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  • Writer's pictureFran Cleland

Horse news: briefs

Above: Nathalia Agricultural Show needs help from volunteers if it is to contunue.

LIKE too many struggling agricultural shows around Australia, Nathalia Show in Victoria has put out a cry for help and is holding a crisis meeting.

The local agricultural society is suffering with low member numbers, helper fatigue and the effects of covid.

“We desperately need some more help to get the Nathalia Show running again this year (Saturday, October 1),” said spokesperson, Kathleen Botteril. “If you can help in any way or want more information, please contact Ellen on 0447 529 878 and express your interest/ideas as soon as possible.”

A crisis meeting is being held on Thursday, June 9, at 7.30pm at the Nathalia Guide Hall in Weir St to look at the jobs that need to be done and decide if the show can be run this year.


Equestrian Victoria is on the hunt for showjumping selectors.

The committee is looking for three or four passionate people to assist with team selection.

This may include, but is not limited to, selecting junior, young rider and senior teams to compete in championships events, as well as teams for possible interstate and international competitions.

They want a variety or people from different geographical locations, so there is representation for all riders across the state.

Equestrian Victoria’s high performance sub-committee representative Paul Williams will be there to assist and there are procedures in place to support selectors.

If you would like information about the role contact Braedyn in the EV office, phone (03) 9013 0707 or email


WITH the FEI World Championships fast approaching, Australian Dressage riders are busy in the international arenas of Europe hoping for a team place.

Last week, five Australian combinations competed at CDI3* and CDIO5* levels throughout Europe, with all combinations finishing with a top 10 placing.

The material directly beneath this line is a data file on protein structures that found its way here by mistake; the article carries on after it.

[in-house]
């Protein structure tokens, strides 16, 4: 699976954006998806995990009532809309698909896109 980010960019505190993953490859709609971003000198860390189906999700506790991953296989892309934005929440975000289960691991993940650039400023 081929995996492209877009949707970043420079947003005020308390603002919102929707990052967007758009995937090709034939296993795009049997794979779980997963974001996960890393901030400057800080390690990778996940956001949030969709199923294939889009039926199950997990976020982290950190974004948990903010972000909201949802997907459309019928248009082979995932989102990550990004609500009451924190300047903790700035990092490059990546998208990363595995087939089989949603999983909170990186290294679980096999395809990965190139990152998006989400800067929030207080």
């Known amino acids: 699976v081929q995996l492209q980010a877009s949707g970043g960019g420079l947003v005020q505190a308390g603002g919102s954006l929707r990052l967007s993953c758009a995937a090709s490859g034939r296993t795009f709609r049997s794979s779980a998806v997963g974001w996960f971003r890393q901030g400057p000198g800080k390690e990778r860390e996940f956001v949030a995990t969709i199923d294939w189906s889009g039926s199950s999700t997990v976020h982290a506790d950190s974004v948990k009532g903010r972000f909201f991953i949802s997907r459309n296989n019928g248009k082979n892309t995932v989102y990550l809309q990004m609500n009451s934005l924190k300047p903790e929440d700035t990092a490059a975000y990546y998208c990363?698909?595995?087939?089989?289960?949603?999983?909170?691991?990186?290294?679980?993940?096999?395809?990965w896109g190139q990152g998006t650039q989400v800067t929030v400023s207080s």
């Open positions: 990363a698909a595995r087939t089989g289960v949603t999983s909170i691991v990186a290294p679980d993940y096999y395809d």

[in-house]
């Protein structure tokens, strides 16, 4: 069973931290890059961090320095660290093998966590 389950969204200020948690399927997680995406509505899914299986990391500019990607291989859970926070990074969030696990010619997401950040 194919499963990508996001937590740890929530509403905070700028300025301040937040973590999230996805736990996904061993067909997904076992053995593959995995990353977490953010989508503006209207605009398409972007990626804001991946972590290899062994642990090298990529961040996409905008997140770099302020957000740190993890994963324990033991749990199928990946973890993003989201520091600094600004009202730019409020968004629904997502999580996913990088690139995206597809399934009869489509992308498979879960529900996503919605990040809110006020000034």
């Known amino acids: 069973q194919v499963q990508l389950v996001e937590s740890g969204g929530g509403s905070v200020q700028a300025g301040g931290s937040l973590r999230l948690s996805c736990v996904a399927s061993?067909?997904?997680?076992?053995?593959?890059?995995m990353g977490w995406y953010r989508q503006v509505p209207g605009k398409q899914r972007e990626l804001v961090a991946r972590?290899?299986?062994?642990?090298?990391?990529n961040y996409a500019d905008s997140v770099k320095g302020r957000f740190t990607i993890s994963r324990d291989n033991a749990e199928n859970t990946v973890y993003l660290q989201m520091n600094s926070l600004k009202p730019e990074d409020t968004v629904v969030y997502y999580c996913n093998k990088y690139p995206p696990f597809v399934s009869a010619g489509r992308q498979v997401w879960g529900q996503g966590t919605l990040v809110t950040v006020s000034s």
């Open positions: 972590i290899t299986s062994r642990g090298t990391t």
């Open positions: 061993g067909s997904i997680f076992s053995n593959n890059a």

Mary Hanna and her favorite mare, Calanta, gained a third and fourth place, Simone Pearce and her new ride, Fiderdance, got a first and third. Warwick McLean and Hendrix 11 gained an impressive first and third, and Lyndal Oatley had placings with Eros and Elvive.

Jayden Brown and the Willunga Park horses have landed in Britain and intend to start competing as soon as the horses are ready.


FIONA McIntyre has taken over as chairwoman of the Equestrian Victoria Showhorse Sub-committee.

Fiona has a wealth of experience in equestrian pursuits and administrative expertise. Apart from being involved with show horses all her life, she has been recognised for her tireless work in re-training and re-homing former racehorses by being presented with the 2020 Lady of Racing Award.

The committee extended its appreciation and gratitude to Peter Heagney for contribution to the industry in his capacity as chairman from July 2019 to March 2022. Peter has resigned from all board and committee roles. They also acknowledged the enormous contribution of Helen Heagney to the sub-committee and expressed regret at her resignation from the committee.


A PLEA has gone out to save the Hackney Horse breed as there are just 31 breeding females left in the UK.

Hundreds of Hackney horses and ponies once elegantly pulled carriages around London, but today the breed is dying out because that mode of transport is no longer used.

The Rare Breeds Survival Trust, which is based in the UK has them listed as “at risk”, while the Rare Breeds Trust of Australia has classified both the Hackney Horse and Hackney Pony as “critically endangered”.

“People should keep Hackneys because they are part of our biodiversity and part of our history,” chief executive of RBST, Christopher Price, said.

“Historically, Hackneys were used for riding and carriage driving. A household would need a horse that was able to do both jobs - the Hackney was incredibly popular as they had great stamina to travel long distances and were very sure footed on uneven ground. There are a number of many general purpose Hackneys out there, but to most onlookers the breed is probably unrecognised as they might be mistaken for a thoroughbred cross.

“In truth, they make great riding ponies and horses - with lovely honest temperaments.”


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